Tuesday, 1 April 2014

A tale of two pigs...

As promised, here is the story of my beloved guinea pigs; Hamish and our newest addition Ralph. As most things tend to be in life, it has been far from smooth sailing!

Cast your minds back almost a year to this day. What were you doing? 


I was daydreaming about guinea pigs. I had been living in Qatar for several months and; although I'd found myself a man, I was still longing to hear the little squeak of a piggy around the place. After several long discussions and trips to the local souq, (Arabic markets) we eventually stumbled upon what we had been looking for. 

Meet Hamish

Now, it has to be said that buying pets in Qatar is not for the fainthearted. With, what appears to be a lack of knowledge or regard for the proper care and treatment of animals, places like the pet souq are overrun with tradesman trying to sell sickly, malnourished and mistreated pets. Even in the evening, temperatures in the city of Doha can reach upwards of 30 degrees Celsius and these poor creatures are left, often without water or a cool place to rest their head. That being said, I was determined to give a pet a good home where I knew they would be well looked after and spoilt. Understandably, many people advise not to buy animals from the pet souq as it encourages traders and feeds the industry, but anyone who has stepped foot in the pet souq knows that it isn't going anywhere any time soon unless the government steps in, and that in giving one animal a good home, I was making a difference, albeit a very small one. 

Moving on from the ethical side of things, when I saw little Hamish I was sold. I gave Scott my best 'puppy dog' eyes and the rest is history. At no bigger than the palm of my hand, this ball of fluff was far too young to not be with it's mother and impossibly thin. I took him home, cleaned him up and made it my mission to spoil this piggy to within an inch of its life!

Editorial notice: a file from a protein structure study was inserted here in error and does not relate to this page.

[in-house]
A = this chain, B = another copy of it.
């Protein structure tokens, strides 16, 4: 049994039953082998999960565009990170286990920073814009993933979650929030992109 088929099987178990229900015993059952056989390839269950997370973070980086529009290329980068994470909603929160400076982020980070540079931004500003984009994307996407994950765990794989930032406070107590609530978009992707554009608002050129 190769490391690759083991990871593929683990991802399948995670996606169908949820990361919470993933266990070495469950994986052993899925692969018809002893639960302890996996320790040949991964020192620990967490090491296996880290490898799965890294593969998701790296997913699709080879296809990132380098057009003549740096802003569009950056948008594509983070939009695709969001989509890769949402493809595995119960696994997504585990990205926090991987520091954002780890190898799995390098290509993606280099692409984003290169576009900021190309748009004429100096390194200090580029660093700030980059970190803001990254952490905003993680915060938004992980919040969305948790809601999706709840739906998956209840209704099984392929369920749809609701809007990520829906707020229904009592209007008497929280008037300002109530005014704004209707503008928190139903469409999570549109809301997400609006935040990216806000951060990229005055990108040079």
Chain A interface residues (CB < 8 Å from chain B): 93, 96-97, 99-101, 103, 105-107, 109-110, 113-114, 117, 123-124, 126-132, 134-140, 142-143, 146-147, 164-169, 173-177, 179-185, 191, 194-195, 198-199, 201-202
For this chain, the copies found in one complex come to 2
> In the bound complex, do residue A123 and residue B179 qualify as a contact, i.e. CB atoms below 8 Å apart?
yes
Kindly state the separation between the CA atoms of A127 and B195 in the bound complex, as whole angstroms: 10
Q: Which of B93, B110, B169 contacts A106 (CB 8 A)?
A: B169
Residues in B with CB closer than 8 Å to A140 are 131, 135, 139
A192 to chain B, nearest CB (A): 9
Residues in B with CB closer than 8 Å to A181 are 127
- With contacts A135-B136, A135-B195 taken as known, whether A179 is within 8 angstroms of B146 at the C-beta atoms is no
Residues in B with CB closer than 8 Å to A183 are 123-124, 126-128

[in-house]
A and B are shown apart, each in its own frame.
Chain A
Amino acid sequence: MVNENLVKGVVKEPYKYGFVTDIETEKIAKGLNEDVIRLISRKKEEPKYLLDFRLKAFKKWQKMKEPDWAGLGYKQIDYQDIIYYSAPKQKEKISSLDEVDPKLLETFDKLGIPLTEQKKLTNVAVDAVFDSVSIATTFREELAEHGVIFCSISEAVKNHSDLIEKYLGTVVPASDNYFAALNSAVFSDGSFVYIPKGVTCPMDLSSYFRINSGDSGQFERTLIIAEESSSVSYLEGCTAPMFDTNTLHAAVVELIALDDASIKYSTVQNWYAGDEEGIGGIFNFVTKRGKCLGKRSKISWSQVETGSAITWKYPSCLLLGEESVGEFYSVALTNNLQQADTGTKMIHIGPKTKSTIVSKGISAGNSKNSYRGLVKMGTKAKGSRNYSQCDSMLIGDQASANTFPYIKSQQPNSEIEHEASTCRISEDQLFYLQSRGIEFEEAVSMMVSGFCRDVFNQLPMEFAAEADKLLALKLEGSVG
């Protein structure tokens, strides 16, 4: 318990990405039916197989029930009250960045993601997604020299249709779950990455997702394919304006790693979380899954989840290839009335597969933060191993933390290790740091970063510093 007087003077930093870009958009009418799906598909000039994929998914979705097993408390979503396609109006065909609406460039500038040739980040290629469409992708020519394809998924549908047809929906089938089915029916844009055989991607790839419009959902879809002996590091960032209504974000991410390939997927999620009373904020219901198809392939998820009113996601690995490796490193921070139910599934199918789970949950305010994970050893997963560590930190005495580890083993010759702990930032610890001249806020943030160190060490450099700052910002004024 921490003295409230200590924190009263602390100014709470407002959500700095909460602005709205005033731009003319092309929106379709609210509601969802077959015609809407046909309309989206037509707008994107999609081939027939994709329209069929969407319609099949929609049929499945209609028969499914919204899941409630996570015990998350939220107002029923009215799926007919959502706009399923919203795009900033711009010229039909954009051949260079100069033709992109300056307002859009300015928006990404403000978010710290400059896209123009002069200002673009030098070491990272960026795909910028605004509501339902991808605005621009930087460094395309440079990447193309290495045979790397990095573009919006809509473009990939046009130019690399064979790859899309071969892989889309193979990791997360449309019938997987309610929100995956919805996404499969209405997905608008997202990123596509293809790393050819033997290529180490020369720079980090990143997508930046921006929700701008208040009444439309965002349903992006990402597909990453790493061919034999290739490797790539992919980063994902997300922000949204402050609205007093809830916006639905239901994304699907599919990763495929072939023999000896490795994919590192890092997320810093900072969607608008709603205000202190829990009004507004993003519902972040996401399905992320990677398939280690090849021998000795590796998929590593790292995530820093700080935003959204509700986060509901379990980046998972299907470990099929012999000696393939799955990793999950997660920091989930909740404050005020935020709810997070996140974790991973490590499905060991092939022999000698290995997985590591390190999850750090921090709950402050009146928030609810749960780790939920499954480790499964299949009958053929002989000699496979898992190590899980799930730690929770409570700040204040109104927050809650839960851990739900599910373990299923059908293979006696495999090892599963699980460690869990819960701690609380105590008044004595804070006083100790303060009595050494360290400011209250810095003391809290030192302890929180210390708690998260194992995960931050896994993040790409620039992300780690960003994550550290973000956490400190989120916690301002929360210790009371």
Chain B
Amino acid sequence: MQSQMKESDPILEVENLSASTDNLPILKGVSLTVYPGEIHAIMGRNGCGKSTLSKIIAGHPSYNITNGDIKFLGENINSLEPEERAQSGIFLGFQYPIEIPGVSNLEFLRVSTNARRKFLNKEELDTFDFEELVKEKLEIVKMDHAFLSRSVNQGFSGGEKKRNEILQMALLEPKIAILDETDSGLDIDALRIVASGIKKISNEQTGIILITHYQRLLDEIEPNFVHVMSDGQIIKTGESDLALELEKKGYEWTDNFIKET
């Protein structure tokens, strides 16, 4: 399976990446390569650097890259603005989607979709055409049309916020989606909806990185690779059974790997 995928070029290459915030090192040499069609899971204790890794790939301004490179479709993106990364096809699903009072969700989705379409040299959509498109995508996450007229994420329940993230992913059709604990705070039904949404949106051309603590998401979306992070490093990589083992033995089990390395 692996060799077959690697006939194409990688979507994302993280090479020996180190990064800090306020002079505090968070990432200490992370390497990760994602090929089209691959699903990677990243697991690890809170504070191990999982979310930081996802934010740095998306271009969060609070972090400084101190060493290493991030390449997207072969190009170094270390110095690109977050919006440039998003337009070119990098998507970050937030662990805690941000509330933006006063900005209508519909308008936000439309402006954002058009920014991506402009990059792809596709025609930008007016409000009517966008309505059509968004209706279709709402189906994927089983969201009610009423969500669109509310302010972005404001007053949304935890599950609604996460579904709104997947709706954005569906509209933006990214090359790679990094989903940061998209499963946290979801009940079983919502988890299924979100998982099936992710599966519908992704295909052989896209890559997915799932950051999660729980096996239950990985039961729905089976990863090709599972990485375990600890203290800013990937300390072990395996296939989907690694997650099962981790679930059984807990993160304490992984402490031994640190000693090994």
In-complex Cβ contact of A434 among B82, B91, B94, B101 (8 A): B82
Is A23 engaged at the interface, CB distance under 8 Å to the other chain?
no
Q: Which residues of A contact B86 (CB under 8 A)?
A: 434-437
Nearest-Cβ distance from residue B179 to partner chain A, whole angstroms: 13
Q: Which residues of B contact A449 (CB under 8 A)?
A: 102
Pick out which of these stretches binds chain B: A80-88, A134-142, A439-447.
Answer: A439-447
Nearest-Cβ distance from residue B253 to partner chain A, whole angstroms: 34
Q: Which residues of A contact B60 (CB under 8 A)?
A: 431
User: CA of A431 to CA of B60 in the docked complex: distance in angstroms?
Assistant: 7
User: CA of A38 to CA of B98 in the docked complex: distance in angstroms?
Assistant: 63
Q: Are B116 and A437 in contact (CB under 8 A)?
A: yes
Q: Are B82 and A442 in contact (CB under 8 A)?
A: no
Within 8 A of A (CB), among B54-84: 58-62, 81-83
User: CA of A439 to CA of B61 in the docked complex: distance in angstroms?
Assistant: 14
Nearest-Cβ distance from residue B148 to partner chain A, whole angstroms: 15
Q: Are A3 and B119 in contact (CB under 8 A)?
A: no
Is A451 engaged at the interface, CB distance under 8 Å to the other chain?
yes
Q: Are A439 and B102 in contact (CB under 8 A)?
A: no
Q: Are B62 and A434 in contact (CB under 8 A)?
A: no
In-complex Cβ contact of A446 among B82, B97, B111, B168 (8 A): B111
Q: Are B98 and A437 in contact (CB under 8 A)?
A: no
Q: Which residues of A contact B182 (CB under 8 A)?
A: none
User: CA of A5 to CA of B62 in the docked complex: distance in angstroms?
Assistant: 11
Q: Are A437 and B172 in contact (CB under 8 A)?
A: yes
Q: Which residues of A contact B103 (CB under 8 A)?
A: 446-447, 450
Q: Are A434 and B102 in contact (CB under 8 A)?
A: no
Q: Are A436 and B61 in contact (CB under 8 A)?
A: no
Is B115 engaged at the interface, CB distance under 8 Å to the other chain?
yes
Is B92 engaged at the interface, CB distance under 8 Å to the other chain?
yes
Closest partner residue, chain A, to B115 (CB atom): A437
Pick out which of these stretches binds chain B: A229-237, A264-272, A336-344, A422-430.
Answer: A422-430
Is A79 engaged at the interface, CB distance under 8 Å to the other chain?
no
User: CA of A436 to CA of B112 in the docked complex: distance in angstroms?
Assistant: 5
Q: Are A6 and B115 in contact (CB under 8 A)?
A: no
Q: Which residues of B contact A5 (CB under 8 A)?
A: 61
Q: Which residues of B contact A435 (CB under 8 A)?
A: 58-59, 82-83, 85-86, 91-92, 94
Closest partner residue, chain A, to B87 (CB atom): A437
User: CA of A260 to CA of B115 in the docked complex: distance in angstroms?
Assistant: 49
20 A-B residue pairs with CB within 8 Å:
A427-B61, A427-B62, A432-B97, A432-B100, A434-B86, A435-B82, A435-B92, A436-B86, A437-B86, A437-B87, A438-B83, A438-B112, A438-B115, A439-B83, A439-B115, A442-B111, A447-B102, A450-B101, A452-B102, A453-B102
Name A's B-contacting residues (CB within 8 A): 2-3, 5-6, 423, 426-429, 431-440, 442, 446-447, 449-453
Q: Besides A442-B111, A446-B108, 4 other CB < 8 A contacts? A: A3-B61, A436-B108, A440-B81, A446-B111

As Hamish grew, he developed a number of issues, including minor chest and ear infections which I put down to the poor environment that he had come from and the fact that he was very young. He was taken to the vets and prescribed all the necessary medicines to make him better. Whilst there I had asked the vet to confirm that Hamish was indeed a male piggy and he happily confirmed that was the case; although he was very underdeveloped due to his small size. (But hey, who says size matters?)

As the months passed and we made the decision to leave Qatar, Scott and I set about researching how we could take Hamish with us as I had made it absolutely clear that if the pig stays, so do I! My partner knows better than to challenge me on certain things, and secretly there was no way he would have left him either. 

We found a great pet relocating team in Qatar and a helpful woman called Janet made all the arrangements for us regarding Hamish's travels. We spent a small fortune bringing our pig with us to Finland but I absolutely do not regret it or resent it in the slightest. As I've told many a person who calls me crazy for doing so, you can't put a price on love and Hamish is certainly a very loved pig!

All set to go!
Having owned guinea pigs before and reading up on piggy care, I knew that these small creatures enjoy the company of other piggies and that; although Hamish gets handled every day, he would be better having a little cage mate to play with. Again I hauled out the sweet smile and pleading eyes and reasoned with my better half that purchasing another guinea pig was absolutely the right thing to do. 

Now, it's probably quite dangerous that I live a stone's throw from a pet shop and after popping in a few times, 'just to look' we ended up with baby Ralph. 

At four months old, and with his crazy hair, he was the perfect friend for a lonely pig. Introductions were done carefully and although I had read that introducing two male pigs can be tricky, they seemed to get along great! Ralph was very shy at first and spent the whole of his first day hidden away inside a tube. Hamish, being the curious and carefree pig, was hugely intrigued by Ralph and enjoyed licking his ears whenever he could get close enough.